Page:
Handicapped athlete's


For the love of sport

THIS IS THE WAY! It's always been the way, and I believe it will continue to be the way for top-tier athletes of the future. Why? Top-tier athletes move through obstacles eagerly and consistently because they love what they do. Theirs is a passion – a purpose for what they do. This intrinsic motivation outworks and outlasts their competition.

Uncommon sense says that if you do not truly love what you do, you would be unlikely to make extreme sacrifices. Moderate interest produces restrained commitments and relative sacrifice. Those with the most profound emotional connection to their sport will also be the ones willing to push through the greatest pain. 

Coach's Sidebar: Instead of pushing players to do more or try harder, help them nurture a love for what they are doing. Find the emotional connection. Once the spark takes hold, get out of their way because nothing will stop them. This may be one of the most important things a coach or parent can give. 

Interestingly, some of the best matches I ever played were when I was ill or when I had a nagging injury. I have crystal clear memories of matches when my initial expectations were low based on my physical condition. Yet, these were the very times I pushed myself into the 'Zone' or 'Flow' state. I recall that it was during these times I was completely dialed in – so much so that I didn't even remember that I was hurt or felt ill. How did my A+ game come to me during these times?

It was my mental toughness fueled by my love for the sport. I looked forward to competing and genuinely enjoyed every minute of being on the court. I believe that my physical/health challenges required me to dig in deeper and focus at a higher level if I was going to be able to do the thing I loved.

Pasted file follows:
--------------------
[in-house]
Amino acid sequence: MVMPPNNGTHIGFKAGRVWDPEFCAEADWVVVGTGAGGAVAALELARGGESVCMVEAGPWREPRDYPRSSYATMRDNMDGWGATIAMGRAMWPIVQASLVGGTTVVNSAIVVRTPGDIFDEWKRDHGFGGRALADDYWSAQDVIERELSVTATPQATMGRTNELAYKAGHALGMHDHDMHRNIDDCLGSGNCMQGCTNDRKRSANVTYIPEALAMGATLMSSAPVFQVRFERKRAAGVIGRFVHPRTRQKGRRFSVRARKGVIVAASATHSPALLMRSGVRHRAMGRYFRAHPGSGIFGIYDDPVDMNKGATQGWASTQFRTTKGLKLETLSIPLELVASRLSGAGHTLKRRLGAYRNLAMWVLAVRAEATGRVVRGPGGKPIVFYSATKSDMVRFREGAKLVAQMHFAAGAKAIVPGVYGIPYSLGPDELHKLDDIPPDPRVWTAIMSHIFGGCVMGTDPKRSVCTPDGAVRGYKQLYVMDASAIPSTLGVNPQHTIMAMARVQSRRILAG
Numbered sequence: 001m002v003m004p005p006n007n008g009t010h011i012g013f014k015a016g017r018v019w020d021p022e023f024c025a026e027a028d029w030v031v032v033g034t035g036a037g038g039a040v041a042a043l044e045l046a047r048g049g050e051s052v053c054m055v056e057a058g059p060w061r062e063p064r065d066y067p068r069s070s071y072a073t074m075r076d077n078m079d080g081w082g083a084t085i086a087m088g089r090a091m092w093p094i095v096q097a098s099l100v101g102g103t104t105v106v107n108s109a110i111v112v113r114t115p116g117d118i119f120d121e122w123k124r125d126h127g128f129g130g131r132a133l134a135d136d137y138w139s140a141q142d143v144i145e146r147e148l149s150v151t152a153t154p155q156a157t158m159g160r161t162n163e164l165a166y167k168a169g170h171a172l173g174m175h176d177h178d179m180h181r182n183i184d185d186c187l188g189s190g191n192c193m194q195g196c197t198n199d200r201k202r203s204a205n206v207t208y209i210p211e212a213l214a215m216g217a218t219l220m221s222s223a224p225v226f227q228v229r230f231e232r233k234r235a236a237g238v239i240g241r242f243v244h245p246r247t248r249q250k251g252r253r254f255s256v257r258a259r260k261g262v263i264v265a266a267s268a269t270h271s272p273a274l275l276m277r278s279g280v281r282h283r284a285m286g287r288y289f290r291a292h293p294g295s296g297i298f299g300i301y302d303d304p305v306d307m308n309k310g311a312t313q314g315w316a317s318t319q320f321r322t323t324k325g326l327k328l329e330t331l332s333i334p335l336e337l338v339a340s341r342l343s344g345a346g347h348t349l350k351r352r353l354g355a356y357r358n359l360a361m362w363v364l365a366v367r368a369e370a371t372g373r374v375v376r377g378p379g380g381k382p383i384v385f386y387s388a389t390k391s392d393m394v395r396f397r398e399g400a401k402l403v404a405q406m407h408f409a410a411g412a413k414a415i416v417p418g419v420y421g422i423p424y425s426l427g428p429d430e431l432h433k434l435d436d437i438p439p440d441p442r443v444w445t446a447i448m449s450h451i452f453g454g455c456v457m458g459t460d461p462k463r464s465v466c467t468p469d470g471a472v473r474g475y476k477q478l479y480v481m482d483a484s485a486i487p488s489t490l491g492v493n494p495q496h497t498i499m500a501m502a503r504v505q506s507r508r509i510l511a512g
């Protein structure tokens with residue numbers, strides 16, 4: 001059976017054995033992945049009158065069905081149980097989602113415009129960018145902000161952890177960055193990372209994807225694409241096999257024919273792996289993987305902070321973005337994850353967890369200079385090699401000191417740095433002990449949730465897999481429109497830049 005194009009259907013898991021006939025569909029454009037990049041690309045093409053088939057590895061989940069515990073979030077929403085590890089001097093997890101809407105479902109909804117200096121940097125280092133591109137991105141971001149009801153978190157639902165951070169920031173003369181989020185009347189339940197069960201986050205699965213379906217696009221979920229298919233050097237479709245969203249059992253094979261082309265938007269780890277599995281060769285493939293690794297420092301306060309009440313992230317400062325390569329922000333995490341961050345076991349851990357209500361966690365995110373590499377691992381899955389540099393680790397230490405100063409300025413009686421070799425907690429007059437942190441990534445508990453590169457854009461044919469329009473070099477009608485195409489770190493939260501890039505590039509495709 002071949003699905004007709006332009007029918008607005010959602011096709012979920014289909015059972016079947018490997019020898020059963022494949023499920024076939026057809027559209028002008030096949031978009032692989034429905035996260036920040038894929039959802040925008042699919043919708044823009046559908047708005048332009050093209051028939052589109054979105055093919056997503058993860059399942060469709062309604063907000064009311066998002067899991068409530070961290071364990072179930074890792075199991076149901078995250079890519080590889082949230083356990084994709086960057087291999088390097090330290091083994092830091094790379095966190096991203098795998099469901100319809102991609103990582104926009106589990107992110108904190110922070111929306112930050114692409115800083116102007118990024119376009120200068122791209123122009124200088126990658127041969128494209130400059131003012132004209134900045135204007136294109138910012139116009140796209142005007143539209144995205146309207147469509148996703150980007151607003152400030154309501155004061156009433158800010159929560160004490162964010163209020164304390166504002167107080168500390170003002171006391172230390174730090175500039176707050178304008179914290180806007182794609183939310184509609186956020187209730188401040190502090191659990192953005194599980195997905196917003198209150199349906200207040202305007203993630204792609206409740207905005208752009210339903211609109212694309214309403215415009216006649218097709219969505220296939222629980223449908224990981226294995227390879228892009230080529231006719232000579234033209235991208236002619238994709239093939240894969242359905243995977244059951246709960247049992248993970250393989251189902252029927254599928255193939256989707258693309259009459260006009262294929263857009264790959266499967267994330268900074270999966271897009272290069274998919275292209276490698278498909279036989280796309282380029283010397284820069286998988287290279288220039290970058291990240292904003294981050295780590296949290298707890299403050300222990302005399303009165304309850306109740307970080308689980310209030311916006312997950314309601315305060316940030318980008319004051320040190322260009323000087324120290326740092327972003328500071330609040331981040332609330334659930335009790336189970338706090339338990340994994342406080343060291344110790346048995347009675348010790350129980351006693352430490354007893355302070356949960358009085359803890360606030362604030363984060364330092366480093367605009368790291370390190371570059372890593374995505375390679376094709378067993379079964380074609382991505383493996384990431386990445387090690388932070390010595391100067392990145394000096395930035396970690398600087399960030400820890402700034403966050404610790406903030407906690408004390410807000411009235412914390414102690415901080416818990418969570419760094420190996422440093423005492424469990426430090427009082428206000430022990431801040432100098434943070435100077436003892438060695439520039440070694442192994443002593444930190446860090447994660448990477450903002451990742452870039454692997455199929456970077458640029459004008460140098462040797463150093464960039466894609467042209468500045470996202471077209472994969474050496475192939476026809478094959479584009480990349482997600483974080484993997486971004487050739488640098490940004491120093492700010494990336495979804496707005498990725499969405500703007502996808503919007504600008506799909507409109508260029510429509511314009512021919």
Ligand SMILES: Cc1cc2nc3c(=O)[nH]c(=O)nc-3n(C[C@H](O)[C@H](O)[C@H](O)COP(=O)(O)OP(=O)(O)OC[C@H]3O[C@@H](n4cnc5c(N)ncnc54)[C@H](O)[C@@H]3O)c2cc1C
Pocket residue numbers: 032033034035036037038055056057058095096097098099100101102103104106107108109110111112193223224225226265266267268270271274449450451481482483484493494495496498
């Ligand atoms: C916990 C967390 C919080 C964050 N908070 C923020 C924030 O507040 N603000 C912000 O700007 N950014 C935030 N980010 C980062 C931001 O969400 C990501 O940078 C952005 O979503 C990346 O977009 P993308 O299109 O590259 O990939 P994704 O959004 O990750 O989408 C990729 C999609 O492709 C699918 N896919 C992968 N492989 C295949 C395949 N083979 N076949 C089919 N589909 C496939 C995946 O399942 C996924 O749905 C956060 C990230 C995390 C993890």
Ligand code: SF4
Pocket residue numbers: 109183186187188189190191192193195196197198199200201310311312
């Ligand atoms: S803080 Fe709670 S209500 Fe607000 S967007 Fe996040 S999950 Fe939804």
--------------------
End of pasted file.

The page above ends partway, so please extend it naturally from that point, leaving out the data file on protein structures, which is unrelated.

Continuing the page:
Don't beat yourself up over your lack of effort or your waning willpower. These are not the root causes of your lack of success. Be completely honest with yourself. You may need to accept that you are only moderately interested in your sport or fitness goals. If you're not 'all in' whether in sports or life, you're apt to be disappointed. However, if you can dig deep through mindfulness, you'll discover what you truly love. You'll work through pain and effort and cherish the promise of what is to come.

Tennis champions

GOAT tribute 

The 2022 Australian Open saw the true grit of Rafa Nadal – again. This GOAT's list of injuries over his long career attests to his love of tennis. In the summer of 2021, Nadal had foot surgery and faced the uncertainty of ever playing again. Then he got Covid. And, during the AO tournament, he had intestinal issues. He pushed to the finals. Nadal was being thumped by an opponent ten years his junior in the championship match. Yet, he found a way to win. He persevered in true Rafa form.

Why? Because throughout his career, Nadal has been willing to hit the extra ball, run the extra sprint, eat, hydrate, train, and sleep with extraordinary discipline. Because PAIN has been there with him throughout his career, he was able to make one of the most incredible pushes to the finish line any of us has ever seen. THIS IS THE WAY! This is the way of legends. This is the way of those who love what they do. Ponder the fact that there is a direct correlation between love and effort. In all things, this holds true. 

Coach's Golden Nugget: I want to give an additional tribute to Rafa Nadal. Nadal has won 21 Grand Slam men's tennis singles titles, the most in history. In addition to his incredible talent, he is incapable of disrespecting his sport, the fans, or a tournament. He gives superhuman effort with no excuses. When he loses, he is humble. To me, this is the epitome of a true 'greatest of all time.' Regardless of win/loss records, I don't count a sports figure as a GOAT if they are arrogant, selfish, disrespectful, or insolent.

A true GOAT holds this title through talent and sportsmanship. How could anyone be a GOAT when they care more about themselves than their sport? I am grateful to have had the privilege of watching Rafa grow into a true 'greatest of all time.' 

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Until next week my friends!
Coach Fred

This is the way. Tennis champion Fred Robinson. NC tennis hall of fame.